When you think of an API, you probably don't picture a bunch of drawings on a whiteboard. But exactly one year ago, our plans for HipChat Connect were just that. In a year this idea evolved through several stages, and finally made it to public GA with over 30 partners. We've learned a lot about shipping and partnership in the process, and we hope what we've learned will be helpful to other software development teams (like yours, maybe).
Like many of you, we believe APIs are the gold standard of product and ecosystem development today. Having a platform that connects your product to a larger market can have huge benefits for your business, your partners who build on the platform, and your end customers. It's a win-win-win. But with the sheer amount of players involved, developing an API is a unique and challenging experience.
About Our API
For context, a little bit about HipChat Connect. It's an API that enables developers to write conversational apps for HipChat that are fully embedded in the chat window. You can add buttons, dialogs, forms, and interfaces, all using your own technology stack. It's the first implementation of Atlassian Connect to be supported both in the cloud and server versions of the product, and works on the web, Mac, Windows and Linux HipChat Apps. Today, more than 35 HipChat Connect integrations are available in the Atlassian Marketplace, with more to come.
1. Ship fast and iterate
Shipping an API is very different from shipping a product: once it's out there, it's out there. Forever. That said, doing things right should never be at the cost of speed. You need developers using your API early on in order to make it competitive. Shipping fast means cutting scope often, but it shouldn't mean cutting corners. Whatever choices we made, we always decided against solutions that would hold us back later on.
A few key decisions we took to help with this strategy:
- We cut scope aggressively and only kept features that demonstrated the core value of the product.
- We took the fastest path to delivery. During the beta stage we made HipChat Connect invitation-only for developers, and opt-in only for administrators, with a lot of limitations.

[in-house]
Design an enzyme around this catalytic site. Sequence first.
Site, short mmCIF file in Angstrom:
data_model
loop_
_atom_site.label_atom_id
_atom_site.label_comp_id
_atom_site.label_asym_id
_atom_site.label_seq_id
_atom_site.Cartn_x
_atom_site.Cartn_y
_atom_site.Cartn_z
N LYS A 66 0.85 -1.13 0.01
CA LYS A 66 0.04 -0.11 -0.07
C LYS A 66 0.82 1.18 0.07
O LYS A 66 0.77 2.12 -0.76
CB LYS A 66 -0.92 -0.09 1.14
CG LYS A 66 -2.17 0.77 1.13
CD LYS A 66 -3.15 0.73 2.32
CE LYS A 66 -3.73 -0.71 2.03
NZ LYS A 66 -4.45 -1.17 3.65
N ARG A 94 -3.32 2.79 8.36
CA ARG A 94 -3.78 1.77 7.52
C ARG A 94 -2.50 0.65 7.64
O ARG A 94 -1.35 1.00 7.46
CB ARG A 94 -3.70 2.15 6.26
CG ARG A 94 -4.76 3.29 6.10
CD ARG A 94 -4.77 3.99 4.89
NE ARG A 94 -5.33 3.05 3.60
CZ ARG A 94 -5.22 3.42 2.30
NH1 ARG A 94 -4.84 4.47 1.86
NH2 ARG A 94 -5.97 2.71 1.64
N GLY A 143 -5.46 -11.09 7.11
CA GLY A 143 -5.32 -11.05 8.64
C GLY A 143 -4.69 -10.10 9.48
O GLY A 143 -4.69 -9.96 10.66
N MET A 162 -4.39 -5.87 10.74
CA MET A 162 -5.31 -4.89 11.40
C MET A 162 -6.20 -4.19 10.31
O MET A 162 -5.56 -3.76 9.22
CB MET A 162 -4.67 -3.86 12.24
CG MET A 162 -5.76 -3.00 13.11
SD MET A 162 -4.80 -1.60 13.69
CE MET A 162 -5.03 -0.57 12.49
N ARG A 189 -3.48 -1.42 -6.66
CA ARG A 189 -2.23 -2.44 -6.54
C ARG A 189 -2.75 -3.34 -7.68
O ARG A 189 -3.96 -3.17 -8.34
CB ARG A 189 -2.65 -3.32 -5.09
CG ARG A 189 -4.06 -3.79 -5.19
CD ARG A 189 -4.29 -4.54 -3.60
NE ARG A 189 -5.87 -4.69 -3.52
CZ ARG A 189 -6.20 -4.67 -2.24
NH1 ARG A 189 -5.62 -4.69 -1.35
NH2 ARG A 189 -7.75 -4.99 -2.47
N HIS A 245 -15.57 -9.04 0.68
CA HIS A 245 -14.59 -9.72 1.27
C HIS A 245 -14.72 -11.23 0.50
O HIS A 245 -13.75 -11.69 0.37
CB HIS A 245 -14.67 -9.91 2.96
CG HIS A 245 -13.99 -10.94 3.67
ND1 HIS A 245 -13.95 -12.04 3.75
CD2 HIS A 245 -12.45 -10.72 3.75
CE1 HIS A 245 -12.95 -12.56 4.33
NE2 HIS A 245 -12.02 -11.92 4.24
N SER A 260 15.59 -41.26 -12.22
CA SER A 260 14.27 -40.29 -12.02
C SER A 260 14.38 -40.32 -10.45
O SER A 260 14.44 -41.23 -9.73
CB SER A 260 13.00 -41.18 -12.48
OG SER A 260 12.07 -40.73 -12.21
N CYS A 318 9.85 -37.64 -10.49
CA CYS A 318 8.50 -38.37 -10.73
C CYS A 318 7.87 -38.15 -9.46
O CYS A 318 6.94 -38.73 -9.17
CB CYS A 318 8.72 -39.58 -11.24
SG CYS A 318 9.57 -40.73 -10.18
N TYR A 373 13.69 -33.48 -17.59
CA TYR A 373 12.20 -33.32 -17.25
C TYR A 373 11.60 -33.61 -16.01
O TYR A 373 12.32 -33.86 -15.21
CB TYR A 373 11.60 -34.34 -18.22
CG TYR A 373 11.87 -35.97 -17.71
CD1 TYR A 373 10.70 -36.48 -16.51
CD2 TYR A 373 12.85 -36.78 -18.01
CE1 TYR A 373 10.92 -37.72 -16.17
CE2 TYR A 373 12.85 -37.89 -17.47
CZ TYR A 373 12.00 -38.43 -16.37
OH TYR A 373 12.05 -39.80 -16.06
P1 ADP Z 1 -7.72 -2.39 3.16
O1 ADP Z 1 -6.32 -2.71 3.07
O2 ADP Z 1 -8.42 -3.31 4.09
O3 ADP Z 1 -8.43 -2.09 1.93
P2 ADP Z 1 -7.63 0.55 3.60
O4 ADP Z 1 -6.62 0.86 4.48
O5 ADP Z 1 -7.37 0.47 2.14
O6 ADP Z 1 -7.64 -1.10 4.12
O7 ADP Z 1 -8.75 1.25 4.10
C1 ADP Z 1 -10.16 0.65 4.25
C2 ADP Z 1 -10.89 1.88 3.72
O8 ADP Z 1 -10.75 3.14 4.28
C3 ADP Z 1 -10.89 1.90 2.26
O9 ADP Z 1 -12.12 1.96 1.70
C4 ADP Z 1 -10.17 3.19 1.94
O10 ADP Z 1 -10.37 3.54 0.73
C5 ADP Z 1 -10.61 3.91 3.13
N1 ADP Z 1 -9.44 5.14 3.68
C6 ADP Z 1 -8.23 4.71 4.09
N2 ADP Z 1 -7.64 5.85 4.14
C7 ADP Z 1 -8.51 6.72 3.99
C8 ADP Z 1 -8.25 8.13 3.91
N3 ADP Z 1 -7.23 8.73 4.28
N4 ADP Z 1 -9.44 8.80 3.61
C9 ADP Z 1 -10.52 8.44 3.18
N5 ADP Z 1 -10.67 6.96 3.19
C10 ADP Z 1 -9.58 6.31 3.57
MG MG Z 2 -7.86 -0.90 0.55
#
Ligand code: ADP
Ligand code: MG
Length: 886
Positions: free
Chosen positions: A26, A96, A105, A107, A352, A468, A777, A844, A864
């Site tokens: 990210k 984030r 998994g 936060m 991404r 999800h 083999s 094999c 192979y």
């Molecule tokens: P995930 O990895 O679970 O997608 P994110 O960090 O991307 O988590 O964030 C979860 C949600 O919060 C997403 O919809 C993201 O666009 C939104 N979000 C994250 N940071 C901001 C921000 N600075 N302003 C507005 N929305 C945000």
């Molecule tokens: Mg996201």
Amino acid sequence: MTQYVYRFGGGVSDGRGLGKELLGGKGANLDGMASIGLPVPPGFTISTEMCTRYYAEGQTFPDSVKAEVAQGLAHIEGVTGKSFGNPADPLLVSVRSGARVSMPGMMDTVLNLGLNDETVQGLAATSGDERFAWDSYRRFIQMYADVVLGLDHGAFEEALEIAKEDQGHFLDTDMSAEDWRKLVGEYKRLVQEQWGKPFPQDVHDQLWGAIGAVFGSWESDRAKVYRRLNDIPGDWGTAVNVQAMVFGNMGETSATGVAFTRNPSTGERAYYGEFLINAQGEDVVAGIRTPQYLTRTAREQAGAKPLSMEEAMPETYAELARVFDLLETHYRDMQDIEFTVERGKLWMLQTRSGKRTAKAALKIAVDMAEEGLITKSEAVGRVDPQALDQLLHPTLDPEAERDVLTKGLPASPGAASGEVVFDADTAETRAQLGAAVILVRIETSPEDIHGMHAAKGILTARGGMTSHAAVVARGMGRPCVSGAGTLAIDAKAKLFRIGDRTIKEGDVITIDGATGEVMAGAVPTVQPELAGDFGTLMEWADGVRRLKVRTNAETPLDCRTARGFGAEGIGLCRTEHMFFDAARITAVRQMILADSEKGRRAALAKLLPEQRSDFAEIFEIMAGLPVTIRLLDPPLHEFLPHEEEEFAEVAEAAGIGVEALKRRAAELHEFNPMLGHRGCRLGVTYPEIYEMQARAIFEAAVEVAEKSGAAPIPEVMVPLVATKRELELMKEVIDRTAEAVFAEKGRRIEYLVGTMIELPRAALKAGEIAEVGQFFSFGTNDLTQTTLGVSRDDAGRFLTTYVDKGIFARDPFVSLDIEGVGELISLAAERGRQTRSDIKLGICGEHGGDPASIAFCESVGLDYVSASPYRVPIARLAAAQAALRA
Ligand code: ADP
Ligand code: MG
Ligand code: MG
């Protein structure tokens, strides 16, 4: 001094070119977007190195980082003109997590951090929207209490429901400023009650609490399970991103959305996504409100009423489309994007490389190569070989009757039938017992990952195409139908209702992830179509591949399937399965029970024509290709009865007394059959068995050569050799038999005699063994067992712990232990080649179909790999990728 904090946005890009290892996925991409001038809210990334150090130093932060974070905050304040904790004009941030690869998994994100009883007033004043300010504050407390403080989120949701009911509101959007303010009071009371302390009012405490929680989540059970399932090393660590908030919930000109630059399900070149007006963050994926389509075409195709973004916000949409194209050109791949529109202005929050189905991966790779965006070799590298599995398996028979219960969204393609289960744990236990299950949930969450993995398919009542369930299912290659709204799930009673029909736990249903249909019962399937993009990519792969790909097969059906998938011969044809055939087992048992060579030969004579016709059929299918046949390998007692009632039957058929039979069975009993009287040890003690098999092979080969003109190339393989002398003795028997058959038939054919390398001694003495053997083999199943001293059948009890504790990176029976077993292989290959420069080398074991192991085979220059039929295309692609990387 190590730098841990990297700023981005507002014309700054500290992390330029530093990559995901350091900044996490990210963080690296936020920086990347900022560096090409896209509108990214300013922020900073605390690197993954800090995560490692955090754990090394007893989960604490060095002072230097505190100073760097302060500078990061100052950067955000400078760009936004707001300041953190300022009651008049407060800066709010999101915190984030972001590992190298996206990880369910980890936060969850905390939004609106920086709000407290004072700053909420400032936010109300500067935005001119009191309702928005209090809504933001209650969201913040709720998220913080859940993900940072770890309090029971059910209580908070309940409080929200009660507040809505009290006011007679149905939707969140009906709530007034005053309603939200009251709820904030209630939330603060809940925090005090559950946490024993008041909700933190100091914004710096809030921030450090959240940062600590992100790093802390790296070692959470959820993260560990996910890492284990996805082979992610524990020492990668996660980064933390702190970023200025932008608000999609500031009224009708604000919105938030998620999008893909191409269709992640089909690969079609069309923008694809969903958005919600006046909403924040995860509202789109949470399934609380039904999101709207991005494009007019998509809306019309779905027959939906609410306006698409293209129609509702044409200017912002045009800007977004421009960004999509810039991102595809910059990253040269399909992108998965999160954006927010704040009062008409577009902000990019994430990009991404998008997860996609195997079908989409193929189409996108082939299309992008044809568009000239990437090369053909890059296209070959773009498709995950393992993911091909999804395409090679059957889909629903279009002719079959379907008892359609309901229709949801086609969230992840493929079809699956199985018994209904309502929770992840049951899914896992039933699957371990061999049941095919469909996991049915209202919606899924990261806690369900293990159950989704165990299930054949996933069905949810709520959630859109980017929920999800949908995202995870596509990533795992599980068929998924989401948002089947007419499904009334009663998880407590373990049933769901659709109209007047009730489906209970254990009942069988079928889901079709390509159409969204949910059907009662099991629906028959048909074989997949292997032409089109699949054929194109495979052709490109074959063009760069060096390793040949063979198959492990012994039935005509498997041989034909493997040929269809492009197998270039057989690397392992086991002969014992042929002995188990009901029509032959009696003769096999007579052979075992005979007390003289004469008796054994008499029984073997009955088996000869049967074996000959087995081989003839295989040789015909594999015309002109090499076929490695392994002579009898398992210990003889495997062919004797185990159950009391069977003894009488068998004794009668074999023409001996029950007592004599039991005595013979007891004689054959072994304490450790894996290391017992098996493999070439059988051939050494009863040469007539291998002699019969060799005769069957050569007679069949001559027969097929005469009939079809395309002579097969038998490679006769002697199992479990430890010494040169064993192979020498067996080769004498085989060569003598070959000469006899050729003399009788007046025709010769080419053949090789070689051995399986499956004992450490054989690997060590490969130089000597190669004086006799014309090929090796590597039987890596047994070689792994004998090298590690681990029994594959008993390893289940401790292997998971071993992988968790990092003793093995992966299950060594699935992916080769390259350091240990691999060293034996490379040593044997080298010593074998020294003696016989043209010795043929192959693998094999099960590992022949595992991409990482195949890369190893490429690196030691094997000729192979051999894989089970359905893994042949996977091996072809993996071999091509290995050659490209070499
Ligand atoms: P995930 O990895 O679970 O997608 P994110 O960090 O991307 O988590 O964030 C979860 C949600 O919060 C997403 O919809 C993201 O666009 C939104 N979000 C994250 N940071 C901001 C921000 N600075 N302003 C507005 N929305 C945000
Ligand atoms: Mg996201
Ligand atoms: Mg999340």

- We gathered data and feedback from early adopters, through in-product prompts linking to Google forms for end users, and a dedicated HipChat group where we talked to developers. Among other things, it helped us identify early what approaches would and wouldn't work at scale.
|6 weeks||Prove it's a thing||The time to build and ship the internal alpha|
|3 months||Get it out there||The time to the external alpha|
|6 months||Make it work||The time to the public beta|
|12 months||Make it scale||The time to GA|
2. Go cloud first
What we all love about cloud is that a cloud MVP can be much, much, leaner than a server-based MVP. You don't have to live with the impact of your mistakes as long, you can run experiments and collect data to validate ideas, and you can decide the speed at which you release with techniques like feature flags. And, if you combine this with allowing each developer to release to production, with the unit of change being a pull request, it basically means you can test an idea in days instead of weeks. In our case, the first version of Connect in HipChat Cloud was out in 6 weeks, while the first version of Connect in HipChat Server took 12 months.
3. Dogfood it to death
To have any chance of shipping a public API in time, we knew we needed a lot of developers to use (and abuse) the API early on. There are several ways you can do this, including recruiting another team within your company or reaching out to developers from your favorite Meetup group. We started testing within our own company, and shipped an internal alpha to Atlassians to build on during our quarterly ShipIt hackathon. This first step gave us a ton of good feedback to mature the API.